The Washington Post has coined a name for publishers who are turning the Kindle Store into their own personal content farm: ebook catfish.
A catfish, as Urban Dictionary informs us, is someone who uses Facebook or other social media to create false identities in order to pretend to be someone they're not. The term was originally used to describe deceptive online romances, but it has a certain resonance with certain sellers in the Kindle Store and other ebookstores.
Yesterday the WP posted a video which describes one type of ebook catfish, and how you can protect yourself (beware the advert):
That is a good video, but it focuses too much on just one type of ebook catfish.
An ebook catfish can refer to publishers like the one that I reported on in June, or the one that was uncovered when Amazon changed its review policies earlier this year. They fake their way to success by misrepresenting their expertise and/or by buying reviews that mislead readers into buying a shoddily written book.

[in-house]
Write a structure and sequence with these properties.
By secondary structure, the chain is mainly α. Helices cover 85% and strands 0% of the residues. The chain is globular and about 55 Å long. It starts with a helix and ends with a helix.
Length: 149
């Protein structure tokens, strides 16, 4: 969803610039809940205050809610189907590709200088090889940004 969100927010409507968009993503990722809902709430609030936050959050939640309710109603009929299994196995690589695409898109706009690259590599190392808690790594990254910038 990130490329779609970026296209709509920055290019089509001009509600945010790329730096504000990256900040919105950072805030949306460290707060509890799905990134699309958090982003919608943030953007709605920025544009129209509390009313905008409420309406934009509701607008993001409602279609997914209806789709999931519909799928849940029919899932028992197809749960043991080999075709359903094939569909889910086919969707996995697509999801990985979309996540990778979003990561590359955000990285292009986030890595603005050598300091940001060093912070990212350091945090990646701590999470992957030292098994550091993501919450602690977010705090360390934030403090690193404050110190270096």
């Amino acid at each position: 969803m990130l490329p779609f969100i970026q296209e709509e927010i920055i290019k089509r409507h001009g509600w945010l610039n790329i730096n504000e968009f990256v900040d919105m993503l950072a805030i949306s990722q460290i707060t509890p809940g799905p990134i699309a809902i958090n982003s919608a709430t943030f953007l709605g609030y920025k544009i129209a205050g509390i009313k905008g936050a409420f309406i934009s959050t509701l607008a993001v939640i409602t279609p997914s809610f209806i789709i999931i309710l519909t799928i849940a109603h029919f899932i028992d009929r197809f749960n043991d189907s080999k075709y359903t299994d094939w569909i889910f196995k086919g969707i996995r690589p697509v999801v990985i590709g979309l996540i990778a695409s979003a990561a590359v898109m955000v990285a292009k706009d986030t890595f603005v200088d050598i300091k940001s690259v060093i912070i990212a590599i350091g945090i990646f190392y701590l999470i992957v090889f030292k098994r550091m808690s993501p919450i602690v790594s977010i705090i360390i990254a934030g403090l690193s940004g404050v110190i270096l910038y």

Some ebook catfishes hire third-world writers to pen a book, while others buy PLR content from disreputable websites. Some even used to repackage Wikipedia articles and other web content, but that stopped being a problem in 2012 when Amazon started banning junk and public domain ebooks from the Kindle Store.
This is not a new problem, but it is good to see that the WP is making more readers aware of the problems lurking in the muddy waters of the Kindle Store.
Edit: And that's not all they're doing. The WP also published a long article yesterday on ebook catfishes (which for some reason wasn't showing up in search results this morning).